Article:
The article below investigates the California school districts who have recently switched from diesel- powered buses to propane-powered buses. These districts include Anaheim, Baldwin Park, Keppel Union, Los Angeles, Fullerton, Inglewood, Riverside and Redlands.
In the last decade, numerous California school districts have adopted propane-based school buses in an attempt to eliminate costs and toxic emissions.
Since 2013, the Elk Grove Unified School District near Sacramento has added 16 propane buses to its fleet and expects up to 12 more in the next month.
Propane auto gas, as it’s called, is “a proven way to dramatically decrease oxides of nitrogen emissions in communities,” noted a recent study by West University’s Center for Alternative Fuels, Engines and Emissions. The report shed light on the positive effects of propane-powered school buses replacing old, diesel-powered buses.
Gary Dodson, manager of fleet maintenance for Elk Grove School District, says the auto gas buses are very reliable and save costs. “They don’t require the exhaust after treatment that diesel requires and it will be saving us from expensive maintenance within 10 to 15 years of a diesel engine’s life,” he said.
“Schools save an average of $3,000 to $5,000 per bus,” says Tucker Perkins, president and CEO of the Propane Education and Research Council. Perkins estimates that if all diesel school buses across the United States were swapped with propane-fueled buses, the savings would be enough to cover the cost to hire 23,000 teachers.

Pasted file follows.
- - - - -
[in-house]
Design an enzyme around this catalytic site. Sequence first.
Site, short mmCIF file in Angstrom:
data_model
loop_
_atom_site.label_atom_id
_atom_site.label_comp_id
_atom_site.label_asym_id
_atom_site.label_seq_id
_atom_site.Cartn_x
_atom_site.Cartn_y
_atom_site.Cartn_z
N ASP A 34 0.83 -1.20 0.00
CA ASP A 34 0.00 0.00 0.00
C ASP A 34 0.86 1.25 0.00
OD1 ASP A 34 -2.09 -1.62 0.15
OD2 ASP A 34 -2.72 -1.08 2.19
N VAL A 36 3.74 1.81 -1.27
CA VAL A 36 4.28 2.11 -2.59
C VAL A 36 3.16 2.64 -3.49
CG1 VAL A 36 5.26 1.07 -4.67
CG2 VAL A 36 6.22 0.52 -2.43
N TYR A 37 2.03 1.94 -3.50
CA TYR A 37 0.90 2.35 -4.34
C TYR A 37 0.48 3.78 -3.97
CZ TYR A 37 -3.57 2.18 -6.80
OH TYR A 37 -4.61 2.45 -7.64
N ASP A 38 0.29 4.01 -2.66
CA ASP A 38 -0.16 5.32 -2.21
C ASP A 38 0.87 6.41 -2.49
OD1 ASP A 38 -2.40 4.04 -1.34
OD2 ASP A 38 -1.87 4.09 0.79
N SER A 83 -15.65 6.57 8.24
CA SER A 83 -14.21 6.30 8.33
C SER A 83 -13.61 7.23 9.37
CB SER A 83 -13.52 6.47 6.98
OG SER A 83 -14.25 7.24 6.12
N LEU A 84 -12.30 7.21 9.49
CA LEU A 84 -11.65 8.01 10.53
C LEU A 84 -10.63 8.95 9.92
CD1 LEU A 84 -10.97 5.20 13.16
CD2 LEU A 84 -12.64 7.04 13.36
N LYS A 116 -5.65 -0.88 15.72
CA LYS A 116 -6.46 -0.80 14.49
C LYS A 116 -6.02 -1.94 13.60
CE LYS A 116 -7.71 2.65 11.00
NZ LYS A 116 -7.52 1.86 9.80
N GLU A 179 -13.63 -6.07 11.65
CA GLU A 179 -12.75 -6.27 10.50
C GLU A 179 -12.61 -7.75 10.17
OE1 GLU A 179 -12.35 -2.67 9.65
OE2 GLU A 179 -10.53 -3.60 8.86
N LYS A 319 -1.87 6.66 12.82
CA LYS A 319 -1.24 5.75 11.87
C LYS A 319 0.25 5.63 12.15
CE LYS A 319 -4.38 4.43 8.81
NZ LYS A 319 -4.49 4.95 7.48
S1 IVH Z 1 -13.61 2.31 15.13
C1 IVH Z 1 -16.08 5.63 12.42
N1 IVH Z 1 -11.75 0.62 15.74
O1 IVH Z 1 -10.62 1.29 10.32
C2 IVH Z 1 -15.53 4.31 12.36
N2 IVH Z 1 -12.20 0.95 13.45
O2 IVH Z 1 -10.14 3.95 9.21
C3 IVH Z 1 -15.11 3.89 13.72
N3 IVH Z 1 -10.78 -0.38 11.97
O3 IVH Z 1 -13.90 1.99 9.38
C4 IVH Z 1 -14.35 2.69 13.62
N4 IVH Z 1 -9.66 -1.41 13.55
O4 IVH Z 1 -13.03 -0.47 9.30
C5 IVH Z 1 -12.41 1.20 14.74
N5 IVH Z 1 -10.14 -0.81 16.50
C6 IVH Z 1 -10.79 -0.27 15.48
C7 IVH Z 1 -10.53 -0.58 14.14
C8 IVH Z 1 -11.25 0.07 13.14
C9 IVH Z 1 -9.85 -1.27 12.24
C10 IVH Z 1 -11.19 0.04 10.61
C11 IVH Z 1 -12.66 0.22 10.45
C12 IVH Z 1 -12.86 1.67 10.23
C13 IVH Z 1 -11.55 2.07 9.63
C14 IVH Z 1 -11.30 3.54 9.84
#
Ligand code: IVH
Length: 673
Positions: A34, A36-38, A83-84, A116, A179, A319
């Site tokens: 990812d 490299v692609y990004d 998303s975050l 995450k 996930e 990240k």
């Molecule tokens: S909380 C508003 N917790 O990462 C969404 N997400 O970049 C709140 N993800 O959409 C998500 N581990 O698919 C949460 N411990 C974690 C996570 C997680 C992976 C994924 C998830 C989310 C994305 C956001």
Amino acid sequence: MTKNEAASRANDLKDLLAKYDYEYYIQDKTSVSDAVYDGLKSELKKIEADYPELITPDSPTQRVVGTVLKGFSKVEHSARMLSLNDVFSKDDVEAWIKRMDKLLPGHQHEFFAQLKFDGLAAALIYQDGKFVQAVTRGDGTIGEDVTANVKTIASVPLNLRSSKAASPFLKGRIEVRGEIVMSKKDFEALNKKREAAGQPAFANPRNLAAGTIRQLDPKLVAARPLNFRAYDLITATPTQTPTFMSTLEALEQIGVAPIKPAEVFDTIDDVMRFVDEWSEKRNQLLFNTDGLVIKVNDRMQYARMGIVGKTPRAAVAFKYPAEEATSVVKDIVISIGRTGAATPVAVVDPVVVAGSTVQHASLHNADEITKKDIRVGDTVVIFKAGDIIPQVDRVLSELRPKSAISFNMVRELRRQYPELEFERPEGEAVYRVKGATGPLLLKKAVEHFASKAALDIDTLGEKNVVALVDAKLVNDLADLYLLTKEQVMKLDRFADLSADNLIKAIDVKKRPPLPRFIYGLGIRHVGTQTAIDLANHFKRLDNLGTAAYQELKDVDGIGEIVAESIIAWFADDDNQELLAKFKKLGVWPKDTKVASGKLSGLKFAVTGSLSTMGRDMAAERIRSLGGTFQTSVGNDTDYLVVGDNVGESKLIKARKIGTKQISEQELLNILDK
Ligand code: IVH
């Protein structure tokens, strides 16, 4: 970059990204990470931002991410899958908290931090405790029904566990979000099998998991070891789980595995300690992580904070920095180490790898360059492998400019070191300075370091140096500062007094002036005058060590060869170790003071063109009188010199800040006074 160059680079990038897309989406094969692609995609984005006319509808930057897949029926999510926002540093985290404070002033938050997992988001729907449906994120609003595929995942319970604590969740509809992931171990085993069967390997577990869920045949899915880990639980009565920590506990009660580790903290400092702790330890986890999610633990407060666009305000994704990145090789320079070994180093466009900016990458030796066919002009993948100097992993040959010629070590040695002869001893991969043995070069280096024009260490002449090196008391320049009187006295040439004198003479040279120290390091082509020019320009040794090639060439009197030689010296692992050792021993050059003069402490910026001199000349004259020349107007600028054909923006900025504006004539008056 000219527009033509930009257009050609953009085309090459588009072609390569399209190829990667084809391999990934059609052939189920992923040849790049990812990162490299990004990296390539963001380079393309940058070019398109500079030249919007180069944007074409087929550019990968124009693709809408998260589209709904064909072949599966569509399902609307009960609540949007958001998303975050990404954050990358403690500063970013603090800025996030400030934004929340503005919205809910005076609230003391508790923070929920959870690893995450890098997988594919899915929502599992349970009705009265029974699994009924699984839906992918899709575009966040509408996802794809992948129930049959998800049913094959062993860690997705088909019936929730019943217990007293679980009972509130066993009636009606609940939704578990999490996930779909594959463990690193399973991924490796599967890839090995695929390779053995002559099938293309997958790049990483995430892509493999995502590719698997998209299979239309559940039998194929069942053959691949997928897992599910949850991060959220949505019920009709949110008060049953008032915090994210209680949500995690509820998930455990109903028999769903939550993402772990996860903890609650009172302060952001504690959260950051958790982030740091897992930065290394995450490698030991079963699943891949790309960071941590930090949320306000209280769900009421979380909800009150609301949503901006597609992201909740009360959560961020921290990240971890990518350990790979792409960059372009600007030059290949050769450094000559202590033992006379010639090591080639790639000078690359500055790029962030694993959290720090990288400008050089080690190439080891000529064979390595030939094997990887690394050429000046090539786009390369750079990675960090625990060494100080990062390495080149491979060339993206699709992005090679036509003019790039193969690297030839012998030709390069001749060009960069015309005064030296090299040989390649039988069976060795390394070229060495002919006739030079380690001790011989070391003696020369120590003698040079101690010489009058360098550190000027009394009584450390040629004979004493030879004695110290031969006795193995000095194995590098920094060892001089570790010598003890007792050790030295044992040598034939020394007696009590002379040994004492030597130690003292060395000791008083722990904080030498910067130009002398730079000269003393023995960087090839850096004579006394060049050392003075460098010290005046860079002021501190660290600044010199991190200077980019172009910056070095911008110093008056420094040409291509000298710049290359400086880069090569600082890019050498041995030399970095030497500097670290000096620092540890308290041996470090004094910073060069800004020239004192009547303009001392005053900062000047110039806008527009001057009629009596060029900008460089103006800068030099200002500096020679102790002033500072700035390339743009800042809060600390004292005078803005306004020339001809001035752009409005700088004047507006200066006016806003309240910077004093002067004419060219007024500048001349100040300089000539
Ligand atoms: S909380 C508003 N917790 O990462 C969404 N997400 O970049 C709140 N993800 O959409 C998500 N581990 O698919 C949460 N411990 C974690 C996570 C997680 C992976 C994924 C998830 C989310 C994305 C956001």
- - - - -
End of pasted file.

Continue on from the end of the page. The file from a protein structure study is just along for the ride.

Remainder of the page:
The iREV Propane Case Study shows the process and amount of time it takes to fuel a propane auto gas vehicle is similar to filling a gasoline vehicle, but if local codes allow, auto gas vehicles can be refueled by mobile on-site fueling in the event other options are not available when there is a power outage.
“Police fleets enjoy the structurally sound tanks as well, it gives them comfort in horrific crashes,” Perkins added. Earlier this year, three propane auto gas squad cars were added to Greenville, Tennessee’s fleet, with savings estimated at $10,000 per year.
Elk Grove Unified School District currently has up to four Lion Electric Co. buses on routes but fear the 65-mile range they are currently getting is limiting, despite the exceptional product and customer service Lion provides. “The range works great for the morning routes, but the downfall is there’s not a lot of grant money for propane,” said Michael “Matt” Sanchez, Elk Grove Unified School District Director of
Read More Capitol Weekly